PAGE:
Timing of food intake also determines the body's physiological response to food, especially the peripheral circadian rhythms, as seen with time-dependent alterations in glucose metabolism. For example, a trial that monitored the glycemic response to the same meal at different times of the day demonstrated that the postprandial (after a meal) glucose increase was lowest in the morning and highest in the evening.[12] Given the zeitgeber signaling capacity of food, time-restricted eating has emerged as a key intervention to maintain synchronized circadian rhythms between the master and peripheral clocks as a means to improve health.

Time-restricted eating and metabolic health

The circadian system is profoundly intertwined with an organism's metabolism to optimize performance over a 24-hour cycle. Metabolic processes such as appetite, insulin responsiveness, and energy expenditure (the number of calories needed for normal bodily function), occur in rhythmic fashion throughout the cycle.[13] Disruption of the circadian system, whether by shift work, overeating, or aging, likely contributes to the derangement of metabolic and neurological systems.

Human trials are now demonstrating the potential of time-restricted eating as a novel means to prevent or reverse metabolic diseases. A recent study implemented both "early" eating (starting at 8 a.m.) and time-restricted eating strategies to investigate whether meal timing influences energy expenditure. When the study participants ate three standardized meals in a 6-hour window per day, they experienced decreased appetite and increased fat metabolism, compared to when they ate three standardized meals that were similar in calories and composition during a 12-hour window per day. These combined strategies may serve as a means to facilitate weight loss in overweight adults.[13]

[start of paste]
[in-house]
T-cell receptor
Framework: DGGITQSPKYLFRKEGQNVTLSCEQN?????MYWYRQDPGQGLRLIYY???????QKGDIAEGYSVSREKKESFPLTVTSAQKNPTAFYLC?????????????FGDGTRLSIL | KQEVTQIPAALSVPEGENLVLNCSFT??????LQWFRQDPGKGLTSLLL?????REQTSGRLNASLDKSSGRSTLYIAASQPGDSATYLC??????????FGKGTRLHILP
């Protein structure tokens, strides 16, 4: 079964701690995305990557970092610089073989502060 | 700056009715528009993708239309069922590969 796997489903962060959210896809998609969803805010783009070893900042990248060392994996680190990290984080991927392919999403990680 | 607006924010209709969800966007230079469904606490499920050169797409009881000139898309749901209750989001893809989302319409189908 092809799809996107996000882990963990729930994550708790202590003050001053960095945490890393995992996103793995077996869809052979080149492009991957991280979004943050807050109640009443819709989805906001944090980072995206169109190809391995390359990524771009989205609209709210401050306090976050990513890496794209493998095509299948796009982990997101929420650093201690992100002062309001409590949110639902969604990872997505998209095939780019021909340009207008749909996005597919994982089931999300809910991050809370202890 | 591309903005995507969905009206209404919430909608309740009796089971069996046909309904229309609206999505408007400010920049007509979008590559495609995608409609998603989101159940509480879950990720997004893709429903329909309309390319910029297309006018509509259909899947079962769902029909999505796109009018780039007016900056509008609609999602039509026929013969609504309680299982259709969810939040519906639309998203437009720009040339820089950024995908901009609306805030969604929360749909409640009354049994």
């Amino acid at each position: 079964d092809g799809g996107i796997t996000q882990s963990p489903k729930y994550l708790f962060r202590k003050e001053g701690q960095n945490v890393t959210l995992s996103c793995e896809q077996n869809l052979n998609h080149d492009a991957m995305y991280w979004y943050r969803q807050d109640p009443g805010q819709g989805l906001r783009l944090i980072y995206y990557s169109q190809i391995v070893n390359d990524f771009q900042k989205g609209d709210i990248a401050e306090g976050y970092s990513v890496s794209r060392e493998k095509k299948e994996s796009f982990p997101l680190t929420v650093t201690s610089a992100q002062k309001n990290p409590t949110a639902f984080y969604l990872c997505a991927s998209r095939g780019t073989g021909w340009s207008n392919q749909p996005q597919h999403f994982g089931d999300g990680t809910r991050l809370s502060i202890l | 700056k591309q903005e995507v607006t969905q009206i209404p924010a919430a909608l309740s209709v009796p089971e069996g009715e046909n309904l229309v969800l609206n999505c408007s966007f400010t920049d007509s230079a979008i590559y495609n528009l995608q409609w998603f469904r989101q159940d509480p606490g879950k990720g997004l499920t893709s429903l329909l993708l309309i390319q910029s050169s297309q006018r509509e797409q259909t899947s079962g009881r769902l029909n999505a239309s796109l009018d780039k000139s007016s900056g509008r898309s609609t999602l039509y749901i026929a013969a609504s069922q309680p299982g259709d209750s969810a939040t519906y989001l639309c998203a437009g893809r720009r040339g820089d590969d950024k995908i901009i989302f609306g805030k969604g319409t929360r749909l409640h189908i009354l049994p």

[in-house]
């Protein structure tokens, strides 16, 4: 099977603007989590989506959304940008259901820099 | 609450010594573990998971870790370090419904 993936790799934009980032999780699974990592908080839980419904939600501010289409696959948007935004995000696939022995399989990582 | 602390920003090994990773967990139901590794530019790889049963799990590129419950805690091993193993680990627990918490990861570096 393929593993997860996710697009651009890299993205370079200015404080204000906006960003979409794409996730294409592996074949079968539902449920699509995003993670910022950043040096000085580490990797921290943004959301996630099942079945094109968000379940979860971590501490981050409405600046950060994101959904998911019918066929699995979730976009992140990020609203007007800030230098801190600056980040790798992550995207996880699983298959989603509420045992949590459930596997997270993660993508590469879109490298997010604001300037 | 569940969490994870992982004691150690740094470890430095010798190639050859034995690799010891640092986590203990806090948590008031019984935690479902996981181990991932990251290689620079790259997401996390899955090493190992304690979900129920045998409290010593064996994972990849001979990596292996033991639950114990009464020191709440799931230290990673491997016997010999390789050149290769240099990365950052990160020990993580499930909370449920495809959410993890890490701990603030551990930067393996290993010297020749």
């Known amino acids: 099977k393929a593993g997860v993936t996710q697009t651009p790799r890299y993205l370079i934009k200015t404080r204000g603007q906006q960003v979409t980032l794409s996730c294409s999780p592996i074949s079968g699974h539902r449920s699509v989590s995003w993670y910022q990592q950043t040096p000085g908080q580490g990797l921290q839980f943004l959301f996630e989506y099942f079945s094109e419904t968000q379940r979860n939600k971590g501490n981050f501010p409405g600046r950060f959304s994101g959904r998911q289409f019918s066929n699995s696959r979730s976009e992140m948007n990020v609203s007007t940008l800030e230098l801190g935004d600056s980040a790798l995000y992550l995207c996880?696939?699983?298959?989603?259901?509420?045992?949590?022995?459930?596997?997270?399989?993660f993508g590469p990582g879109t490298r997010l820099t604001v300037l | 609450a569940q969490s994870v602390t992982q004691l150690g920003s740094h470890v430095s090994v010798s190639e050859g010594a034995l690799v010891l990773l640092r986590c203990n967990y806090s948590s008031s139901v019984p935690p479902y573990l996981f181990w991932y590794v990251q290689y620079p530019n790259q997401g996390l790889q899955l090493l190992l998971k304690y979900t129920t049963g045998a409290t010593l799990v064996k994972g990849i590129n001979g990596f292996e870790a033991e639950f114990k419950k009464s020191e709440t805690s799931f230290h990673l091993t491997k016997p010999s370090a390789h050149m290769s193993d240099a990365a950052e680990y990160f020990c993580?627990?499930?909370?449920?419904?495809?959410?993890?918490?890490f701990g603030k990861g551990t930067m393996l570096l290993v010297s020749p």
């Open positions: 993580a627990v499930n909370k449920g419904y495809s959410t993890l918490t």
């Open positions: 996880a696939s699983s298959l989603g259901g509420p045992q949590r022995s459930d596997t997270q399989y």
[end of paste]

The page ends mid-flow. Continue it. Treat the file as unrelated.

Another study, which involved obese people who followed an 8-hour time-restricted eating regimen for 12 weeks, found that participants experienced a 3 percent weight loss, compared to the control group, whose weight remained stable.[14] In addition, men at risk for type 2 diabetes who adhered to either a 9-hour "early" time-restricted eating window (8 a.m. to 5 p.m.) or a "delayed" window (12 p.m. to 9 p.m.) experienced a 36 percent reduction in their glycemic response to a meal as well as reduced fasting triglycerides. These findings suggest that there is likely some flexibility in determining the window during which a person eats when practicing time-restricted eating.[15]

Studies also show that time-restricted eating improves circulating insulin and blood pressure independent of weight loss. For example, in a small study involving eight overweight men with prediabetes who were randomized to early time-restricted eating (a 6-hour eating period, with dinner before 3 p.m.) or a control schedule (a 12-hour eating period) for five weeks, the morning systolic and diastolic blood pressure readings of the participants in the 6-hour time-restricted eating window decreased by 11mm and 10mm, respectively, which is comparable to the improvements commonly observed with anti-hypertensive medications such as angiotensin-converting enzyme, or ACE, inhibitors. In addition, the fasting insulin levels of participants in the 6-hour window decreased by 3.4mU/L, and plasma levels of 8-isoprostane, a marker for lipid oxidative stress, decreased by 14 percent.[16]